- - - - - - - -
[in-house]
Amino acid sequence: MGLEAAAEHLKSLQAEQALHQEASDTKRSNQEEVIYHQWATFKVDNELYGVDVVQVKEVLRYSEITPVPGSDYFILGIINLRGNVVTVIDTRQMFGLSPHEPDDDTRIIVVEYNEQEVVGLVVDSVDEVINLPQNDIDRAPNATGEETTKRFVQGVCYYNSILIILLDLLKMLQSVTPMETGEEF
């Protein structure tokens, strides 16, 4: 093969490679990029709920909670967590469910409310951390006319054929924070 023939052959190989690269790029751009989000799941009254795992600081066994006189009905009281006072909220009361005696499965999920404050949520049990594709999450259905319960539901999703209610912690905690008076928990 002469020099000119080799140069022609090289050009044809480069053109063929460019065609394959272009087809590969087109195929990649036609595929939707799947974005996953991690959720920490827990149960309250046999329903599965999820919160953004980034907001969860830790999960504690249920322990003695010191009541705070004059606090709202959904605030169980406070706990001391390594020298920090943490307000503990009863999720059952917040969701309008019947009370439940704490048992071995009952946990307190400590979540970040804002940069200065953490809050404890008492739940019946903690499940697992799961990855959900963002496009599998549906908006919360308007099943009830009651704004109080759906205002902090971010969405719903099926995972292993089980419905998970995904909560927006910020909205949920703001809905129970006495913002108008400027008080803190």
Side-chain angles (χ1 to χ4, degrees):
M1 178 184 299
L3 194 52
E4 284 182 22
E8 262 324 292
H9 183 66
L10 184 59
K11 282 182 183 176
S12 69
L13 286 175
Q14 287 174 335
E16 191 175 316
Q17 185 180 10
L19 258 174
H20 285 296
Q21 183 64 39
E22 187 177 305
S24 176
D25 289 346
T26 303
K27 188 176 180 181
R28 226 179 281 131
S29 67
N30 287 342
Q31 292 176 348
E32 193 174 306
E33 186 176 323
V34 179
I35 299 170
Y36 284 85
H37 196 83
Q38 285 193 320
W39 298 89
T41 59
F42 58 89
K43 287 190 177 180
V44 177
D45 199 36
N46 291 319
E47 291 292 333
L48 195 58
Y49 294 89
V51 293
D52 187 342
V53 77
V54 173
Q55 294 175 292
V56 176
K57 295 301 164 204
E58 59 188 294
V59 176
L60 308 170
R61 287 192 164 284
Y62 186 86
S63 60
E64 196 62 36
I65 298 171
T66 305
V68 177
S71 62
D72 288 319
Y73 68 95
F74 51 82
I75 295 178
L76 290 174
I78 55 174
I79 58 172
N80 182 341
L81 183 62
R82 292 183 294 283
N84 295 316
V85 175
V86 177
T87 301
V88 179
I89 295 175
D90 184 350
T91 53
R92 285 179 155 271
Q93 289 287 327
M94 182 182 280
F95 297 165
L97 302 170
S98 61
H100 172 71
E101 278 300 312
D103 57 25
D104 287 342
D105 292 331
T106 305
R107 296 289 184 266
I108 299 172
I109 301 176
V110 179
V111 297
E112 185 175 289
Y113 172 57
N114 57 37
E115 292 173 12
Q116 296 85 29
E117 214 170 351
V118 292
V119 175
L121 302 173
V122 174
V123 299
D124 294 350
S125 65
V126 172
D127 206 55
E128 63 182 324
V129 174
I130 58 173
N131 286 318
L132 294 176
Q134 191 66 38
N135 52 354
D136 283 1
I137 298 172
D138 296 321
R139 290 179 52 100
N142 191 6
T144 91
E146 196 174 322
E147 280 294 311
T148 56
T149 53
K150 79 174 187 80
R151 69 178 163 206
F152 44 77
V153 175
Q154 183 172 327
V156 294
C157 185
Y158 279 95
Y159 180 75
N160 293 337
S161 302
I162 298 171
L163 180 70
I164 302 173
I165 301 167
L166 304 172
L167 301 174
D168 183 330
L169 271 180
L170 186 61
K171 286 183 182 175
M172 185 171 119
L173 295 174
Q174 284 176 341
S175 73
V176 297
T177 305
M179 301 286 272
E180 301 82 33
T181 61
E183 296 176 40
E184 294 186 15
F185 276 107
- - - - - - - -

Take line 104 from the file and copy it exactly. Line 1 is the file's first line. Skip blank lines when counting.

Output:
E117 214 170 351